The People’s Park Food Centre had its beginnings as a humble “food shelter” set up by the municipality in 1923 to provide cover for street hawkers in the area. The first shelter had proven to be so popular amongst the hawkers that within months after its opening, more were added and the municipality “turned” it into a market. By 1930, such was its success that it was made into a day and night market. From then, it continued growing. By 1940, the market had 323 stalls, making it Singapore’s largest market then. It was during this time that the market had become famous for its durian stalls, which remained open until 2 am for fruit lovers. It was this legacy that made it Singapore's first and oldest pasar malam (“night market” in Malay).
The market did not close during the Japanese Occupation. In 1944, the People’s Park Market was chosen by the Japanese as one of several chick distribution centres in Town. The programme was designed to help people rear their own chicken in order for them to manage their own food supply.
The old market was divided into many tall sheds which rested on cemented platforms raised slightly above ground level. It had two sections (front and back), separated by a metallic fence. The stalls in the front was where the dry goods were and the wet-market stalls were at the back. The wet market’s entrance faced the side of the Majestic Theatre. After the end of the Japanese Occupation, the stalls at the front continued their business while the wet market behind was moved. In its place, a textiles bazaar arose. Many of the post-war stallholders had plied their trade at temporary markets in Town which were started soon after the British return. By late 1940s, the municipality demolished most of them and relocated them in municipal markets. Many of them were given spaces at People’s Park Market. By 1949, the market had 984 stalls engaged in day and night hawking.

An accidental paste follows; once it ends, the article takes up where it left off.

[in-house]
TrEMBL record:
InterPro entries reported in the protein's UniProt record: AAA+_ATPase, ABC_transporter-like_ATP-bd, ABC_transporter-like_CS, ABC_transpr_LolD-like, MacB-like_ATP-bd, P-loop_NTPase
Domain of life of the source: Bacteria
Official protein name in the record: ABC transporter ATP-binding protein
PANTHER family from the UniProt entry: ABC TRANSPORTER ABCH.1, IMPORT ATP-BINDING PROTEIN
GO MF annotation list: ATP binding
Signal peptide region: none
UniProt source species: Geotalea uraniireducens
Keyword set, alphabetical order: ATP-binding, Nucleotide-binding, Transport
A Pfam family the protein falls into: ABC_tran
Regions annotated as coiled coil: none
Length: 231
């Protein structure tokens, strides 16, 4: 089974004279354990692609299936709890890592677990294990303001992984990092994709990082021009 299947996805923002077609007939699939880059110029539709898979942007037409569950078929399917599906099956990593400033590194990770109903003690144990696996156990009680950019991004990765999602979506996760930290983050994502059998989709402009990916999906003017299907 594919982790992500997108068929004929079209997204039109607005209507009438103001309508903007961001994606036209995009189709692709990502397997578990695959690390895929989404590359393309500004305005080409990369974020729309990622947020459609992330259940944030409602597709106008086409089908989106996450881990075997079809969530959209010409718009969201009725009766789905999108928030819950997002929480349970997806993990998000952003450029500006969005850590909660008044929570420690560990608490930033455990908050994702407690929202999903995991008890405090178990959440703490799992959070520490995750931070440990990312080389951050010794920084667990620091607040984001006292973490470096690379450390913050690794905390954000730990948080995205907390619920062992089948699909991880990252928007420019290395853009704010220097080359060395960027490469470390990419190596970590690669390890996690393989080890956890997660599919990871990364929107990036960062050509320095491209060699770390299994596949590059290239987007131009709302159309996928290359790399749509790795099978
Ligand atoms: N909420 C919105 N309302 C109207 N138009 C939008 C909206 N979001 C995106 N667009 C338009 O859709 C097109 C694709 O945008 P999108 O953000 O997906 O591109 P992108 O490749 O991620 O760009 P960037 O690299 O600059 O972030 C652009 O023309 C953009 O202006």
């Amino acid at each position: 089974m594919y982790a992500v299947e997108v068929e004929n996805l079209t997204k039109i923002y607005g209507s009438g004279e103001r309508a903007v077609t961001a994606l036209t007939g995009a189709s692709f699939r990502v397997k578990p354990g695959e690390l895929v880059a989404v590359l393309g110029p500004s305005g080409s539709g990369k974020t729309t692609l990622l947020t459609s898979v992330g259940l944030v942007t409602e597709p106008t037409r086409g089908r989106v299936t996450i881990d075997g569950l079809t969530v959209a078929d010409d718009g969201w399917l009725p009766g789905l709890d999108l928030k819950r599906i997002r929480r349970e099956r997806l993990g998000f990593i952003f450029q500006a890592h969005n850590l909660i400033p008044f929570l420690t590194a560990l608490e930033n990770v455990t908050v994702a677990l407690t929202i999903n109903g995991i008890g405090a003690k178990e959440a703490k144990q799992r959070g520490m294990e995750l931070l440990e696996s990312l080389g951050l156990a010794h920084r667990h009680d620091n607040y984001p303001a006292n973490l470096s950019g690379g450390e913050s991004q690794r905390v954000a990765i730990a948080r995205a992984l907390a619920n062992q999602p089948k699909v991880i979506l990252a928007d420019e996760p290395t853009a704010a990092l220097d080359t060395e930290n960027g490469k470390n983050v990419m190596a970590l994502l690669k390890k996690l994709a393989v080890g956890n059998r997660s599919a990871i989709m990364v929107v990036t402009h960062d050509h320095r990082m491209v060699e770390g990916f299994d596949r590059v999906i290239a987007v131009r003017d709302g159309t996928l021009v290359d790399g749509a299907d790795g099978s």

In 1957, the People’s Park Market reached another landmark when the Singapore Agricultural Co-operative Union, which comprised of all vegetable growers in Singapore, started a wholesale market there. This meant that the vegetables at the market came directly from the Singapore farms, making them cheaper and fresher.
Everything changed in December 1966 when a great fire wiped out 186 stalls and shops, causing a million dollars in damages. This unintentionally brought forward the government’s plan to rebuild the People’s Park Market as part of the district’s urban renewal. Some of the stallholders had already been served notices to quit prior to the fire.
A temporary market adjacent to the fire area was built in 1967 to house all the stalls during the rebuilding. In this way, they would not lose their loyal customers, many of whom were tourists who had come to the market to buy Indian and Japanese textiles. This temporary “shopping centre” was called the Singapore People’s Park Textiles and Sundries New Market.
By mid-1969, the first phase of Singapore’s then biggest “shopping cum residential complex” had been completed and the shops and stallholders started moving in and commenced business. At this time, the eateries were already touted as a “favourite of Singaporeans”. When completed, the new three-storey complex (not including the housing block above), had lifts but no escalators as yet. While the food stalls, 75 in all, were located on the first level, the retail and textiles shops occupied the second and third levels. By this time, the food centre had become a favourite visit of many tourists from Southeast Asia.
One important legacy from the old days which was brought to the new complex was the “no free seating” issue at the food centre. In the old market, stallholders had to provide their own tables and chairs. Naturally, these were meant for their own patrons. Interestingly, this continued at the new market and faced many complaints. The matter was only put to rest in 1992 when the government installed fixed tables and chairs.
The first major upgrading renovation People’s Park Centre underwent occurred in February 2005. The $5 million endeavour made the centre “greener, cooler and brighter”. The upgrading was done as part of the National Environment Agency's Hawker Centres Upgrading Programme. There were 89 food stalls and 80 retail outlets in the upper levels of the centre before the facelift. After the upgrading, the centre had 85 food stalls and around 160 shops on the upper levels.